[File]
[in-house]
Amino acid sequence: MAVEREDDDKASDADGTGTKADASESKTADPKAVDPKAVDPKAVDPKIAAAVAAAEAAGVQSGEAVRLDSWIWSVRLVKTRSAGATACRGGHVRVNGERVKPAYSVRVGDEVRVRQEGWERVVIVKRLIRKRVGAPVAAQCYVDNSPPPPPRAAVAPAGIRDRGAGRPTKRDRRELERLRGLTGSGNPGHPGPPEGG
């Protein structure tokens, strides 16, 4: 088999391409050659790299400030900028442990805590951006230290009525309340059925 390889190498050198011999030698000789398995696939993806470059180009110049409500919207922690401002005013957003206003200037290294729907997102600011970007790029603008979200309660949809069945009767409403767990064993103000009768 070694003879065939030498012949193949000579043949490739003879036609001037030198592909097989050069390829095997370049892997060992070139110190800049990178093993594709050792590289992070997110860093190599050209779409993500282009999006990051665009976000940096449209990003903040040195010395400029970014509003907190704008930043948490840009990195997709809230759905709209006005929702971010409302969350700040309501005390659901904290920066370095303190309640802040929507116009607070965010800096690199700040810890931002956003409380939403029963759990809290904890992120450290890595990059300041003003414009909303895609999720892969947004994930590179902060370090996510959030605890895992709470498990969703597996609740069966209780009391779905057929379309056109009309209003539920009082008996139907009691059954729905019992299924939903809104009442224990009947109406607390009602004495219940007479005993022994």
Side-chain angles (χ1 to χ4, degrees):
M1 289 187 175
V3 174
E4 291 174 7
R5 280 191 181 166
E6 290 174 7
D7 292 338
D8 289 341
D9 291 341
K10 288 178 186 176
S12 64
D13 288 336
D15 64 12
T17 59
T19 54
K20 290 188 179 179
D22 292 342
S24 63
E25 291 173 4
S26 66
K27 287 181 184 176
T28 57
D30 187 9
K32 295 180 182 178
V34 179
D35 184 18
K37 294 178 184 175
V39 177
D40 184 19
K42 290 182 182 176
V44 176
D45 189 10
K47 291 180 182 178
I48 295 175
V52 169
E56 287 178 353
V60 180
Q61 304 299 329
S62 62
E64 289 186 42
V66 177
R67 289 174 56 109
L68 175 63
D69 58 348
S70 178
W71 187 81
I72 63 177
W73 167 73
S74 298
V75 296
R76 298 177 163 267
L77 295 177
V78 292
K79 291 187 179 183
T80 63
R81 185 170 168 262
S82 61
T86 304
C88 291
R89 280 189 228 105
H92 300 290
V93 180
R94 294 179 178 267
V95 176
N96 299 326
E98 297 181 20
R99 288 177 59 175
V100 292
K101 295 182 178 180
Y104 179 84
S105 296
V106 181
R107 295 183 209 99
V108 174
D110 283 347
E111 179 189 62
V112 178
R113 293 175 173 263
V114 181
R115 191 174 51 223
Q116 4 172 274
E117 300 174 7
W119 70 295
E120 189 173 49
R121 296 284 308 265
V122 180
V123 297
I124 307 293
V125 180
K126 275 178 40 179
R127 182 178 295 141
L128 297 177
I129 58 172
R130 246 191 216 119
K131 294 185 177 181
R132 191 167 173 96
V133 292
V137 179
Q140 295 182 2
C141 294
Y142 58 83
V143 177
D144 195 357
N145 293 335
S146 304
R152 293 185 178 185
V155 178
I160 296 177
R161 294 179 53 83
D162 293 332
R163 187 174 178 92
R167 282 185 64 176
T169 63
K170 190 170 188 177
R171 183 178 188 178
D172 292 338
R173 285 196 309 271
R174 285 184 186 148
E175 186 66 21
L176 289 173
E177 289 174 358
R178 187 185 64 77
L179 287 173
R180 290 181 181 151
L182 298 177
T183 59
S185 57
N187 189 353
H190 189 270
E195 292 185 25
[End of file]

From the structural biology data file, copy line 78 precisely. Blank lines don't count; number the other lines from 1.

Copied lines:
D110 283 347